As a student teacher supervisor, I coach many novice teachers in lesson plans design. One of the areas that we discuss often is effective pacing of lessons. Effective pacing optimizes the time spent on each task. This logical order will keep students engaged and better able to meet lesson objectives.
Lesson pacing goes hand in hand with effective lesson design. Effective lessons place the learner at the center of the learning process. A well-known research-based strategy to follow is the “ten-two” rule for lesson effectiveness. Students should receive no more than ten minutes of teacher-directed or teacher-presented content before they are given a chance to discuss, interpret, debate, or apply it. Keeping this lesson design in mind, opportunities for student reflection is an important part in lesson pacing. In other words, less Teacher Talk and more Student Talk. So, what are some ways to make every minute count when planning lessons?
4 Top Pacing Strategies
- Get organized – By getting your teacher materials ready, you can keep the lesson flow going. Have any handouts ready to be handed out or ready to upload so students can access quickly. Alternatively, project your screen for students to watch or read from. For younger students, materials such as glue, scissors, crayons should be available in a central location for student access.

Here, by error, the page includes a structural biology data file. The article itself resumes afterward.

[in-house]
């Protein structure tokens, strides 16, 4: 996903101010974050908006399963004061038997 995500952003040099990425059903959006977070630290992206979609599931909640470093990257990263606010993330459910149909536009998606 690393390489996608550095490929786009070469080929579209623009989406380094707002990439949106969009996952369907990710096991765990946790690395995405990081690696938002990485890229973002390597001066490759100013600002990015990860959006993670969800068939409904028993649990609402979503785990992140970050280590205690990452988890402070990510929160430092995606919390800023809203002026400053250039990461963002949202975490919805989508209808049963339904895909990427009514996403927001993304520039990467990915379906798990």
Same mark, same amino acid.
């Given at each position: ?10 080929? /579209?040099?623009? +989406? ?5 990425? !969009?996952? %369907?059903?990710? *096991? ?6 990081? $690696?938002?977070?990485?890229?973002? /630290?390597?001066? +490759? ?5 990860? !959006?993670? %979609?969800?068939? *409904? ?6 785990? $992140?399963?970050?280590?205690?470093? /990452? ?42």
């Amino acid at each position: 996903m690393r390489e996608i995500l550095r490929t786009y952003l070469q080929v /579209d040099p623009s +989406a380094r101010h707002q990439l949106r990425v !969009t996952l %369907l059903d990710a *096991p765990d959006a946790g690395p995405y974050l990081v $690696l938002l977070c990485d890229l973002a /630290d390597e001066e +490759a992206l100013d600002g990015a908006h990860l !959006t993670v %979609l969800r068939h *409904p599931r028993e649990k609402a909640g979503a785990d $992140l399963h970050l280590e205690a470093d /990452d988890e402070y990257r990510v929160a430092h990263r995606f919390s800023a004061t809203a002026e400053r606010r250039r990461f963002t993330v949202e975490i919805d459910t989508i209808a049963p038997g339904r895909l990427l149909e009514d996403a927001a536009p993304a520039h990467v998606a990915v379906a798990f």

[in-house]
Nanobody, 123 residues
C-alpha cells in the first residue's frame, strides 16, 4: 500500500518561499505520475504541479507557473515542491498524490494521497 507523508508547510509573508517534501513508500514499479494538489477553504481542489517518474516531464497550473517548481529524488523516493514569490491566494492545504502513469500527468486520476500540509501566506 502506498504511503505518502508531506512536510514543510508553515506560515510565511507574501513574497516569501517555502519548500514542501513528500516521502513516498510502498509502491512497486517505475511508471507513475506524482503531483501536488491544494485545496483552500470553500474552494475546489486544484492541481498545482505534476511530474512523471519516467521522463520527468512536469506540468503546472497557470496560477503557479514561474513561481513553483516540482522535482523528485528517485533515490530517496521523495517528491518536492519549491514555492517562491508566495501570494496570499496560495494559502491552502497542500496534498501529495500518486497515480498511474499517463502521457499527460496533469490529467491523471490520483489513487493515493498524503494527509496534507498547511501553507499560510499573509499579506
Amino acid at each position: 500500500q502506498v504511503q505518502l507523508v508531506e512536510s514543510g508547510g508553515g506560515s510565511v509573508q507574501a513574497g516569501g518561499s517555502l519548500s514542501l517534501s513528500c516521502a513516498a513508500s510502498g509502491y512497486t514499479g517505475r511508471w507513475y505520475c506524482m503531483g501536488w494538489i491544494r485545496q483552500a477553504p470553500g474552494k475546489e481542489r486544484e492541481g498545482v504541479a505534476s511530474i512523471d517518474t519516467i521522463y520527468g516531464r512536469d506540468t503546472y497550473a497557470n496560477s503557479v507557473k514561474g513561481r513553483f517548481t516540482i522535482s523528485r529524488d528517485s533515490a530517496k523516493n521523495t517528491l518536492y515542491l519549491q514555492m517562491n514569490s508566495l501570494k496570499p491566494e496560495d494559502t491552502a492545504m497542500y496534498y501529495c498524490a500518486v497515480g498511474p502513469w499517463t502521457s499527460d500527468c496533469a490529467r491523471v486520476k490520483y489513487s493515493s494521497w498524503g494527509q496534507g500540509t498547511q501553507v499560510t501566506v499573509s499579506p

- Use Visual Cues – To keep students engaged or on track, directions should be presented visually. This will save you both energy and time repeating directions multiple times. Oral directions are not ideal for all learning styles.
- Consider teaching styles and strategies – Choose the most effective teaching style or strategy based on the topic or type of lesson. Combine that with the most effective learning style of your students. “One size does not fit all”, so do not be afraid to mix multiple styles into a lesson. See post below.
- Use timing cues – Create a sense of urgency and value your lesson time. Work diligently through the lesson and be “aware” when you are wasting time from the task. Adjusting your pacing, should be used when additional thinking time is needed. Digital clocks and/or post its with “time checks” in your lesson design will help you keep on schedule.
Learning occurs in day to day activities. So, look for and create learning opportunities throughout your day. Stay safe and be well.